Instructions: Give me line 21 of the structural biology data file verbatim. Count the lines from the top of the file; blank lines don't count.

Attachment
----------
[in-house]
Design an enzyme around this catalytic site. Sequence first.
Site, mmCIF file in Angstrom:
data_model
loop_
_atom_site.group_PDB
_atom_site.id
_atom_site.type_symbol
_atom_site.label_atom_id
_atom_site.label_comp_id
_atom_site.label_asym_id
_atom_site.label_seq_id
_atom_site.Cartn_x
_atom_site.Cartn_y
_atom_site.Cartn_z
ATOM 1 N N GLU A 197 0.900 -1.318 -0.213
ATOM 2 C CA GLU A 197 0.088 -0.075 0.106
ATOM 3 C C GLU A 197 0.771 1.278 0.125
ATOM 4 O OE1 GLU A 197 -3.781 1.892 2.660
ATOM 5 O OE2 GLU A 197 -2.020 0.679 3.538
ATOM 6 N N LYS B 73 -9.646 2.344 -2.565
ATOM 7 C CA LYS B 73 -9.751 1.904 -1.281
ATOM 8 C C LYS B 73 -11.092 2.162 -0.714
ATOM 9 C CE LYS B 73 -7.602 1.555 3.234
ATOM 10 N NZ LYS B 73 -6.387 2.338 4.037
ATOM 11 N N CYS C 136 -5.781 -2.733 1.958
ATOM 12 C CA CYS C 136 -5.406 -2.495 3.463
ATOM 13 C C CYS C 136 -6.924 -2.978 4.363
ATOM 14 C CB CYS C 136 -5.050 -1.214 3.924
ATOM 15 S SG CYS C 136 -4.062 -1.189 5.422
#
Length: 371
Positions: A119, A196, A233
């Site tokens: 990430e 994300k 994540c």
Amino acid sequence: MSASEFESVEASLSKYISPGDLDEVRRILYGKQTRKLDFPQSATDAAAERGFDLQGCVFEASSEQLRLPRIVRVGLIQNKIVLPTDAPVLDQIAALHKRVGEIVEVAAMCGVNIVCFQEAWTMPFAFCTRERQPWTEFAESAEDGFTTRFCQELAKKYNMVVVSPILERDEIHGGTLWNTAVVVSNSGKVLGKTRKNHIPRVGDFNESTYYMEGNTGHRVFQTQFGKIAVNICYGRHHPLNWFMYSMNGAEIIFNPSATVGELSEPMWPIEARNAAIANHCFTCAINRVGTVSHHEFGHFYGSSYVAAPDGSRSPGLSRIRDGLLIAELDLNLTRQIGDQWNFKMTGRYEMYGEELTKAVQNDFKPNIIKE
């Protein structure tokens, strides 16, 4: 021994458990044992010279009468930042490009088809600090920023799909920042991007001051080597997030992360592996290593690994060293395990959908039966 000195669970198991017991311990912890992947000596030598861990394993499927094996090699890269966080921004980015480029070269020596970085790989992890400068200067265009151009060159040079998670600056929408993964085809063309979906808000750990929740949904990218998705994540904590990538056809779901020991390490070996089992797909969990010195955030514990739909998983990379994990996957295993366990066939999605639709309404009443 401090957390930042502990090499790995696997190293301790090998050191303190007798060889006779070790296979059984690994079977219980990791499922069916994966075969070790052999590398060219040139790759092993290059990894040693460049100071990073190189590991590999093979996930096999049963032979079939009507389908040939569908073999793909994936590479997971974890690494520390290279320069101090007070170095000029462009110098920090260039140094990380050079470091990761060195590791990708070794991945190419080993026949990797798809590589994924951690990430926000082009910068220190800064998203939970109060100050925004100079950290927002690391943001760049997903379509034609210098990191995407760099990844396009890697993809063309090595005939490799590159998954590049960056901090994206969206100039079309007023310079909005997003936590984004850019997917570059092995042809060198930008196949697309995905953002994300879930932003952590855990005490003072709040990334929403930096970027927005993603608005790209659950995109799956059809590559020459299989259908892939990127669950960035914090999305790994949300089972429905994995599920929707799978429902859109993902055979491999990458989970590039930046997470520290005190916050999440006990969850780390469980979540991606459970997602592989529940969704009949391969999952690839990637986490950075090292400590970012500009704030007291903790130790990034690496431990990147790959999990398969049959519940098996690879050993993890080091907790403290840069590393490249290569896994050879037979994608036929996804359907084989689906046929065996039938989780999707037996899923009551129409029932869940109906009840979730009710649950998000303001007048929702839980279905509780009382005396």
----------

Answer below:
ATOM 6 N N LYS B 73 -9.646 2.344 -2.565